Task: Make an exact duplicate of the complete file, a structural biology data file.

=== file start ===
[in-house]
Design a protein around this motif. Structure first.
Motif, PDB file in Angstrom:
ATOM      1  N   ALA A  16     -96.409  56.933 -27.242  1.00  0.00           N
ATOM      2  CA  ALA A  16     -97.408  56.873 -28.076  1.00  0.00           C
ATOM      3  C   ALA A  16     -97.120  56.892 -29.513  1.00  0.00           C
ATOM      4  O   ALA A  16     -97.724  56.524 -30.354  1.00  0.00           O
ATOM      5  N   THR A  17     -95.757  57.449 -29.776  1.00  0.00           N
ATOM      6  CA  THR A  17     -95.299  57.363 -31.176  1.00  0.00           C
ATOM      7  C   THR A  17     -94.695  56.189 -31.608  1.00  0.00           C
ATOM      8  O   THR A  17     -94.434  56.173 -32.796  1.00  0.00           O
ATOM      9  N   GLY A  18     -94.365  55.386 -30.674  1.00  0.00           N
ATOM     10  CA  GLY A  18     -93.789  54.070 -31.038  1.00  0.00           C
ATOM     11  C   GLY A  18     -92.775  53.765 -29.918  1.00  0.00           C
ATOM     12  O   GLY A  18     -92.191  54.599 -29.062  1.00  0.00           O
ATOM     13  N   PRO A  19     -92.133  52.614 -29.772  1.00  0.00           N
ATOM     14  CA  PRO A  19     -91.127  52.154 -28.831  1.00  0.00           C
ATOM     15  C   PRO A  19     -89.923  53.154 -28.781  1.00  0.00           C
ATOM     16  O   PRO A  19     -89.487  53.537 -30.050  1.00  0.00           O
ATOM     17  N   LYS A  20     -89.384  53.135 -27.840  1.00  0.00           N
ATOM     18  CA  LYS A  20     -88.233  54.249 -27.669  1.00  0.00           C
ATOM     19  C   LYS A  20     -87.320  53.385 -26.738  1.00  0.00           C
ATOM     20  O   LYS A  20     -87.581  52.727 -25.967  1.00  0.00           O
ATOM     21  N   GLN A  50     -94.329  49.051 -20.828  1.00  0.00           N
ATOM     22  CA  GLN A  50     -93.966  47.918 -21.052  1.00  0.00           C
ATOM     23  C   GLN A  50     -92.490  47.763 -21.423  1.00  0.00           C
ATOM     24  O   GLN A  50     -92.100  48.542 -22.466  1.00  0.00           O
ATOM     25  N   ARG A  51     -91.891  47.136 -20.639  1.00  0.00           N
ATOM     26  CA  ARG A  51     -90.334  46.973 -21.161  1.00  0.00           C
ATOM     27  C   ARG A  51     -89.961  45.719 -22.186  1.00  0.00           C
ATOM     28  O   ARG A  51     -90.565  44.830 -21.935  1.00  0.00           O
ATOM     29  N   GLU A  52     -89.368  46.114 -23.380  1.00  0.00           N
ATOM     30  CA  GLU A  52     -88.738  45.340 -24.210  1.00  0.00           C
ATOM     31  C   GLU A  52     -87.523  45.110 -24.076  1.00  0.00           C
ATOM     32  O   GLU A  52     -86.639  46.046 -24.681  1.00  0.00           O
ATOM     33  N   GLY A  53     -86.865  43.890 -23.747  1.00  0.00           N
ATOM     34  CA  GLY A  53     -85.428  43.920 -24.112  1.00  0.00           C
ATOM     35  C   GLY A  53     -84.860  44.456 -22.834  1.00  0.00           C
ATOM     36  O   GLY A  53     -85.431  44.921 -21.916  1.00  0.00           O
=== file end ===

[in-house]
Design a protein around this motif. Structure first.
Motif, PDB file in Angstrom:
ATOM      1  N   ALA A  16     -96.409  56.933 -27.242  1.00  0.00           N
ATOM      2  CA  ALA A  16     -97.408  56.873 -28.076  1.00  0.00           C
ATOM      3  C   ALA A  16     -97.120  56.892 -29.513  1.00  0.00           C
ATOM      4  O   ALA A  16     -97.724  56.524 -30.354  1.00  0.00           O
ATOM      5  N   THR A  17     -95.757  57.449 -29.776  1.00  0.00           N
ATOM      6  CA  THR A  17     -95.299  57.363 -31.176  1.00  0.00           C
ATOM      7  C   THR A  17     -94.695  56.189 -31.608  1.00  0.00           C
ATOM      8  O   THR A  17     -94.434  56.173 -32.796  1.00  0.00           O
ATOM      9  N   GLY A  18     -94.365  55.386 -30.674  1.00  0.00           N
ATOM     10  CA  GLY A  18     -93.789  54.070 -31.038  1.00  0.00           C
ATOM     11  C   GLY A  18     -92.775  53.765 -29.918  1.00  0.00           C
ATOM     12  O   GLY A  18     -92.191  54.599 -29.062  1.00  0.00           O
ATOM     13  N   PRO A  19     -92.133  52.614 -29.772  1.00  0.00           N
ATOM     14  CA  PRO A  19     -91.127  52.154 -28.831  1.00  0.00           C
ATOM     15  C   PRO A  19     -89.923  53.154 -28.781  1.00  0.00           C
ATOM     16  O   PRO A  19     -89.487  53.537 -30.050  1.00  0.00           O
ATOM     17  N   LYS A  20     -89.384  53.135 -27.840  1.00  0.00           N
ATOM     18  CA  LYS A  20     -88.233  54.249 -27.669  1.00  0.00           C
ATOM     19  C   LYS A  20     -87.320  53.385 -26.738  1.00  0.00           C
ATOM     20  O   LYS A  20     -87.581  52.727 -25.967  1.00  0.00           O
ATOM     21  N   GLN A  50     -94.329  49.051 -20.828  1.00  0.00           N
ATOM     22  CA  GLN A  50     -93.966  47.918 -21.052  1.00  0.00           C
ATOM     23  C   GLN A  50     -92.490  47.763 -21.423  1.00  0.00           C
ATOM     24  O   GLN A  50     -92.100  48.542 -22.466  1.00  0.00           O
ATOM     25  N   ARG A  51     -91.891  47.136 -20.639  1.00  0.00           N
ATOM     26  CA  ARG A  51     -90.334  46.973 -21.161  1.00  0.00           C
ATOM     27  C   ARG A  51     -89.961  45.719 -22.186  1.00  0.00           C
ATOM     28  O   ARG A  51     -90.565  44.830 -21.935  1.00  0.00           O
ATOM     29  N   GLU A  52     -89.368  46.114 -23.380  1.00  0.00           N
ATOM     30  CA  GLU A  52     -88.738  45.340 -24.210  1.00  0.00           C
ATOM     31  C   GLU A  52     -87.523  45.110 -24.076  1.00  0.00           C
ATOM     32  O   GLU A  52     -86.639  46.046 -24.681  1.00  0.00           O
ATOM     33  N   GLY A  53     -86.865  43.890 -23.747  1.00  0.00           N
ATOM     34  CA  GLY A  53     -85.428  43.920 -24.112  1.00  0.00           C
ATOM     35  C   GLY A  53     -84.860  44.456 -22.834  1.00  0.00           C
ATOM     36  O   GLY A  53     -85.431  44.921 -21.916  1.00  0.00           O